2.50
Hdl Handle:
http://hdl.handle.net/10755/616258
Category:
Full-text
Type:
Presentation
Title:
Perspectives on Doctoral Education
Other Titles:
Perspectives on Doctoral Nursing Education
Author(s):
Eichelberger, Lisa Wright; Wheeler, Rebecca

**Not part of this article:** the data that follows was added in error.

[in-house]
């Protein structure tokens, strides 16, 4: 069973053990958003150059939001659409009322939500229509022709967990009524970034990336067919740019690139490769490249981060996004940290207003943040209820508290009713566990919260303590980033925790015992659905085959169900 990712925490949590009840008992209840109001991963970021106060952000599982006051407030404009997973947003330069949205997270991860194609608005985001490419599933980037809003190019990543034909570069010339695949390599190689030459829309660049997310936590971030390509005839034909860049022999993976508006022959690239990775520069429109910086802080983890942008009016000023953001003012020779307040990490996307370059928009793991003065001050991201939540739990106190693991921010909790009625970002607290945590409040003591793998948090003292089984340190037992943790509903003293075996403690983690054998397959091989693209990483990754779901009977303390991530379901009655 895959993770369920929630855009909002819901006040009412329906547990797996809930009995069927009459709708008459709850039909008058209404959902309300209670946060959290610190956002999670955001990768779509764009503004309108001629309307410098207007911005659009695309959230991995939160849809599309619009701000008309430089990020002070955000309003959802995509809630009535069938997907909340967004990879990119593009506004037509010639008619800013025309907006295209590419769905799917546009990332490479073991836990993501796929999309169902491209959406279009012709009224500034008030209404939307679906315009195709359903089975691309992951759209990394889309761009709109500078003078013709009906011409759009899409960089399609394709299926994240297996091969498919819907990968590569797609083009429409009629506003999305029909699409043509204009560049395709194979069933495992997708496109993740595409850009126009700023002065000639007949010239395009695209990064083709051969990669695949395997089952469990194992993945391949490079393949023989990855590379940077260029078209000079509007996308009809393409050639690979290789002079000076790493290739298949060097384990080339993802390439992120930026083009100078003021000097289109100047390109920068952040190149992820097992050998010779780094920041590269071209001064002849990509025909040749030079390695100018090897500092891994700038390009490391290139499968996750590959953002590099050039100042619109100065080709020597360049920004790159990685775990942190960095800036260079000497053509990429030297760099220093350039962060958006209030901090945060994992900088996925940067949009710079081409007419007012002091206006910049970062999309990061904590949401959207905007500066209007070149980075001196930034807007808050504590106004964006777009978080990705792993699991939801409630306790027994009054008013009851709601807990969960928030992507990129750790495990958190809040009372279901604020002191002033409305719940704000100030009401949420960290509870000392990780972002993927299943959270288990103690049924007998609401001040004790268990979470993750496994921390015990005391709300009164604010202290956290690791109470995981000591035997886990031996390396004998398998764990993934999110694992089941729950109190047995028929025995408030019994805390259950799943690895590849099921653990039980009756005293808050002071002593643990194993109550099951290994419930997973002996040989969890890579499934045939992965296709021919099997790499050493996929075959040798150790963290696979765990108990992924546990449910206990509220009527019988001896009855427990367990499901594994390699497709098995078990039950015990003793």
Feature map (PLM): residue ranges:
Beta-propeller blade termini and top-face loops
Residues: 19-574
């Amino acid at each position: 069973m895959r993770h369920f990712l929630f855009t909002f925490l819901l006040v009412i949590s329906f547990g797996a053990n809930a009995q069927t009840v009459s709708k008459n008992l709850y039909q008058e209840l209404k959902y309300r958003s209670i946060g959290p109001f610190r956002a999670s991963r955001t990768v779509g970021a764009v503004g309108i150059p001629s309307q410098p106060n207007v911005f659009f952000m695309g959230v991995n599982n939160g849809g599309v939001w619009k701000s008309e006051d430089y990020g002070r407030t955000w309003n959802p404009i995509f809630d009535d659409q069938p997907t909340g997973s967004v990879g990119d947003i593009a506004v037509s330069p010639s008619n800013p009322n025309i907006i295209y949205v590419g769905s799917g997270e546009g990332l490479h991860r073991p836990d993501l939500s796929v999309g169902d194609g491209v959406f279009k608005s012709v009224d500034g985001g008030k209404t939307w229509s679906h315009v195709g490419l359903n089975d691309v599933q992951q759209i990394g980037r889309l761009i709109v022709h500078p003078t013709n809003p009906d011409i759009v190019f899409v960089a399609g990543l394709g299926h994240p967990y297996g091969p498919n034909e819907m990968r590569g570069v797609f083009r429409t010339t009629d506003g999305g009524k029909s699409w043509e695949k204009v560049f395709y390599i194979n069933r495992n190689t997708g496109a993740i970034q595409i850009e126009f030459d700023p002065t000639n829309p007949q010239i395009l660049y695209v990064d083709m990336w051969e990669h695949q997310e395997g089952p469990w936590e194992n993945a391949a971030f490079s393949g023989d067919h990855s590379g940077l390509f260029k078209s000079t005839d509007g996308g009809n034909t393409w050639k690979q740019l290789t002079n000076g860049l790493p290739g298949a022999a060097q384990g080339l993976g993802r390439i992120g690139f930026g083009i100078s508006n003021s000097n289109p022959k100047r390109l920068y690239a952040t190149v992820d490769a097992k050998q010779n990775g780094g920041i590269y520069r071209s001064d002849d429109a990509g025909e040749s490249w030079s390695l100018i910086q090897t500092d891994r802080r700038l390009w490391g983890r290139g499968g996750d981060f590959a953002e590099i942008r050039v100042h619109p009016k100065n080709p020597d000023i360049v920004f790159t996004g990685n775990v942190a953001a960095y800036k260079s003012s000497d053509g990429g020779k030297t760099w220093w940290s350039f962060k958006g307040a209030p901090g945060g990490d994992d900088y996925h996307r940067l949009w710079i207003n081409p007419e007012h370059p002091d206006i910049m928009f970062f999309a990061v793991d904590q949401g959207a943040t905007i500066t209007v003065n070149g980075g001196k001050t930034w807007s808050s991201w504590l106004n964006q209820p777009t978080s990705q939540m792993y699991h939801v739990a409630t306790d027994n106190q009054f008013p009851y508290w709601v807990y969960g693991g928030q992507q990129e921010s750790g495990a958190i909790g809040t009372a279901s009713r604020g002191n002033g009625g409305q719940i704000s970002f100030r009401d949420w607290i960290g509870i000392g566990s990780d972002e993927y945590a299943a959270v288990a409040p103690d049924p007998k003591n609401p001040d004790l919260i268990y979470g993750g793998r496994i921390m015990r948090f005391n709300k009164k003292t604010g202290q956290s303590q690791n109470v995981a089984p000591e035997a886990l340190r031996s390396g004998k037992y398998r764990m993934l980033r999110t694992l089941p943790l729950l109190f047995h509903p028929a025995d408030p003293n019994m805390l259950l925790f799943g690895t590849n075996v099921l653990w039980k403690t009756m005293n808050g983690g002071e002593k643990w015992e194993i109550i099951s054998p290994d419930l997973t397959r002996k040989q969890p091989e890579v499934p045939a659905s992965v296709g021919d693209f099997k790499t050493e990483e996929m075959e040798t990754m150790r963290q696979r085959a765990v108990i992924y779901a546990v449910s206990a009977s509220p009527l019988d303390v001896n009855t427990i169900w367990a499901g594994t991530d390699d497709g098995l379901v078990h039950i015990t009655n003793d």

Lead Author STTI Affiliation:
Xi Rho
Author Details:
Lisa Wright Eichelberger, RN, lisaeichelberger@clayton.edu; Rebecca Wheeler, RN
Abstract: